A very affectionate look at Upstart Crow by Chasqui Penguin.
Each episode has a theme, usually revolving around one of Will’s plays, and in this series of articles the aim is to give a little more background to those and the surrounding Upstart Crow storylines, together with the facts, deliberate anachronisms and the characters involved.
Episode 1 – Lord, What Fools These Mortals Be!
This first episode in the third (and, so far, final) series of Upstart Crow is based on Shakespeare’s famous comedy A Midsummer Night’s Dream (AMND). Though the episode does not closely follow the play’s storyline, the use of a magic potion is central to the plot, as in the play.
AMND is set in and around Athens and thought to have been written around 1595–96, its premiere recorded as taking place on 1st January 1605 at court – probably for the entertainment of James I as well as his family and entourage – though its stage debut was at the Globe some time later. However, these dates do not coincide with those hinted at in the Upstart Crow episode, as we shall see later. Below is a synopsis of the play, followed by a more in-depth look at the episode.
A MIDSUMMER NIGHT’S DREAM
Puck (also known as Robin Goodfellow) – a mischievous fairy who lives in an enchanted wood and is a servant to Oberon, King of the Fairies
Titania – the Fairy Queen, Oberon’s wife
Nick Bottom – a weaver
Lord Egeus – courtier of Duke Theseus
Brief Story Outline:
AMND follows the play-within-a-play format, often associated with Shakespeare, and consists of several subplots. One subplot involves two Athenian couples escaping to the woods; Lysander and Hermia decide to elope and are soon followed by their friends Demetrius and Helen. At the request of Oberon, Puck plays a trick on all four of them when they are asleep. This involves rubbing the juice from a certain purple flower on their eyelids. The effect of the potion is to make each fall in love with the first person they set eyes on when waking. Inevitably, this results in Lysander and Helen becoming a couple and the same happens to Demetrius and Hermia. Added to this, for the rehearsal of the play within, mischievous Puck gives lowly weaver Nick Bottom an ass’s head to wear. To complicate matters Oberon and his wife Titania have quarrelled and Puck anoints the eyes of the sleeping Titania with the magic juice from the purple flower. On awakening she sees Bottom complete with ass’s head and, despite his appearance, falls in love with him. At Oberon’s command, Puck reverses the effect of the potion on Titania and the two couples, restoring normality, with a happy ending for all.
UPSTART CROW – Lord, What Fools These Mortals Be!
The title of this episode is a line spoken by Puck in Act 3, Scene 2 of A Midsummer Night’s Dream.He is speaking to Oberon and remarking on the behaviour of the two couples in the woods, though he is actually the instigator of it with the magic potion.
This episode opens with Will overseeing the rehearsal of his new play A Midsummer Night’s Dream at the Red Lion theatre, though in reality none of Will’s plays were ever linked to this Tudor playhouse. His plays were performed at the Curtain, the Rose and later the Globe, by the King’s Men (formerly the Lord Chamberlain’s Men), though where rehearsals took place is unclear. Condell is playing the fairy queen Titania and Kempe is portraying a lowly weaver. Titania awakes and sees the weaver; both speak the actual lines from Shakespeare’s play (Act 3, Sc 1), though in the original the weaver sings his words:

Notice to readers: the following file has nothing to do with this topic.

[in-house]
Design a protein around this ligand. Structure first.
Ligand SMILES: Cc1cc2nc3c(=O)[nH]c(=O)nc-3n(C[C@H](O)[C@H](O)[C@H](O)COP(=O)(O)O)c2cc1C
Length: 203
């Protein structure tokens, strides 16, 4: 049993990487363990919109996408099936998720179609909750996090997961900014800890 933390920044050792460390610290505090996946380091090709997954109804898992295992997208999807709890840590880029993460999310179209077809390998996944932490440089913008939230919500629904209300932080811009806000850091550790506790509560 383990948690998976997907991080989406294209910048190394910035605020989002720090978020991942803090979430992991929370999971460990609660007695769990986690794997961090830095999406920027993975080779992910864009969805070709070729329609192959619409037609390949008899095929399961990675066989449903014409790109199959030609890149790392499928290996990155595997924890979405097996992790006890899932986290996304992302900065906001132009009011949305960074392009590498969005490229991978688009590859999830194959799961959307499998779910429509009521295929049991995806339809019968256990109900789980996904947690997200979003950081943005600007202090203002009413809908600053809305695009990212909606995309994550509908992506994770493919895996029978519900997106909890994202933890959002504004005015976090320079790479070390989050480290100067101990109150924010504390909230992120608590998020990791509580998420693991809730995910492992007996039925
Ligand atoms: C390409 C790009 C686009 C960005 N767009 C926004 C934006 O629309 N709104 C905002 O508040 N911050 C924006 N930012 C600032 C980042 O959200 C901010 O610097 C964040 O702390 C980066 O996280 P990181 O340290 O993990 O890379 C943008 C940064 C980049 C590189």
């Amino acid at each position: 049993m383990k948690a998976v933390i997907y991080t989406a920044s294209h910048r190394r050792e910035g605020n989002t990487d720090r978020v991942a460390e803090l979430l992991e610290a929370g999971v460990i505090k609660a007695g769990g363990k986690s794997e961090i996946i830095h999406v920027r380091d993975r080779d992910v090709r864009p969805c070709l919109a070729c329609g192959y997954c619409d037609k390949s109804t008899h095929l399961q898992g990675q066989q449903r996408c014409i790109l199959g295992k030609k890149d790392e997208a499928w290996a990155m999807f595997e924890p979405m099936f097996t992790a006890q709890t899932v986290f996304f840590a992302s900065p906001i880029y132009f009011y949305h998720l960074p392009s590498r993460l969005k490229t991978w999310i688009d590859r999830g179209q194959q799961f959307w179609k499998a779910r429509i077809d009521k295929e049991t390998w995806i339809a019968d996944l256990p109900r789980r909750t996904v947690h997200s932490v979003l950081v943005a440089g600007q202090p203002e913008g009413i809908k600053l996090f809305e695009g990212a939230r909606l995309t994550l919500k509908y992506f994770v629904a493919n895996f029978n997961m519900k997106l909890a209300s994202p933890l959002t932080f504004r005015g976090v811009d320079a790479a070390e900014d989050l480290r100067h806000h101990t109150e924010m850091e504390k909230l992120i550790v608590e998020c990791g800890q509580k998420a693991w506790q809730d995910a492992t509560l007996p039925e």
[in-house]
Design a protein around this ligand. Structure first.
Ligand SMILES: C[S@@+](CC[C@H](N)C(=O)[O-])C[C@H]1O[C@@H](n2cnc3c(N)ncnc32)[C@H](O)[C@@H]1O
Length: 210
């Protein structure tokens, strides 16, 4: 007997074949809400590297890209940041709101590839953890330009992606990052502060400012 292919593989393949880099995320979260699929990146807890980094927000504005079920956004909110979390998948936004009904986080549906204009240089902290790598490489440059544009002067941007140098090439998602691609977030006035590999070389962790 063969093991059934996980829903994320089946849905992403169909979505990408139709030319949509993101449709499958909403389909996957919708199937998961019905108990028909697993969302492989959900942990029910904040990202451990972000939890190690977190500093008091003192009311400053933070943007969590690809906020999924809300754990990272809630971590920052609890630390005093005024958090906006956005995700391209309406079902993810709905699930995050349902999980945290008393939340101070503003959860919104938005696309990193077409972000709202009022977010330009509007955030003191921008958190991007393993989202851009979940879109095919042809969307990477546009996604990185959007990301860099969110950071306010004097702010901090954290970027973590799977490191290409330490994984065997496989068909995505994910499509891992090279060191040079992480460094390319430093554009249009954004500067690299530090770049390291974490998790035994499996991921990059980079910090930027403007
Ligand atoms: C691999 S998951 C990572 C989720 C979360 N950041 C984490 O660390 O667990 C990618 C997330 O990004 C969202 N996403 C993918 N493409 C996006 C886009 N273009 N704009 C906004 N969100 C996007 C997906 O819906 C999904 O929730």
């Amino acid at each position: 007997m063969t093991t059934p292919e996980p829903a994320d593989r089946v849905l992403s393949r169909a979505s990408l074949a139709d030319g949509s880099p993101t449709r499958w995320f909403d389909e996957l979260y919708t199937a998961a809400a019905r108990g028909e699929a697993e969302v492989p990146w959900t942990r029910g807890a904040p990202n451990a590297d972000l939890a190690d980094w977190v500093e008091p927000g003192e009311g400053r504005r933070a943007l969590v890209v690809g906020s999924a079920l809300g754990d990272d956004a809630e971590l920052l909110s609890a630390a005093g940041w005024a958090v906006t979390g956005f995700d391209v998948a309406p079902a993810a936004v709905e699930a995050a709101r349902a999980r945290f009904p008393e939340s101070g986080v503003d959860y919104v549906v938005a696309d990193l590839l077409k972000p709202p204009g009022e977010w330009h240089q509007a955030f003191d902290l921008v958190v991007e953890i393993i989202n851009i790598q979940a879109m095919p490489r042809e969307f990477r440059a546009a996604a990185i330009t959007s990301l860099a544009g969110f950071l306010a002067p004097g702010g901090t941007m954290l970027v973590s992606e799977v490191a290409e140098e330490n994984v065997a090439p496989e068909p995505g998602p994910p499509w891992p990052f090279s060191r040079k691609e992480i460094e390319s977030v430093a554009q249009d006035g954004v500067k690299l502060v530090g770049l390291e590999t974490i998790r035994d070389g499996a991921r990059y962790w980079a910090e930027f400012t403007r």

What angel wakes me from my flowery bed?
The finch, the sparrow and the lark,
The plain-song cuckoo grey
I pray thee gentle mortal, sing again.
I love thee.
Will declares this scene a ‘celebrated comic moment’, which is disputed by Burbage and Condell, who points out, ‘Surely, to be a celebrated comic moment it has to be funny.’ Will explains that it is funny as the fairy queen falls in love with a common weaver, an unlikely situation. This does not convince the actors and Burbage threatens to find another writer if Will fails to come up with ‘a funny name and an inspired visual gag’ which, throughout most of the episode, the Bard finds an almost impossible task.
Back in the London lodgings, Kate picks holes in the plot, especially objecting to the inclusion of fairies but Will reveals that he has met one called Puck and it was this sprite who gave him the idea for the potion in his latest comedy. In reality, fairies were popular characters in plays of Shakespeare’s era and AMND with its three fairies proved to be a crowd-pleaser. However, in the course of conversation Will reveals to her and his servant Ned Bottom that he never felt worthy of his wife Anne, feeling convinced that she married him not out of love but because she was expecting their baby. He longed for her to love him, as he loved her. There is then a flashback: Shortly before the day of his marriage, Will is walking in the greenwood near his home in Stratford when he encounters a fairy and with the words from the play (Act 2, Sc 1) addresses him:
Either I mistake your shape and making quite,
Or else you are that shrewd and knavish sprite
Call’d Robin Goodfellow: are not you he
That frights the maidens of the villag’ry
Thou speak’st aright;
I am that merry wanderer of the night.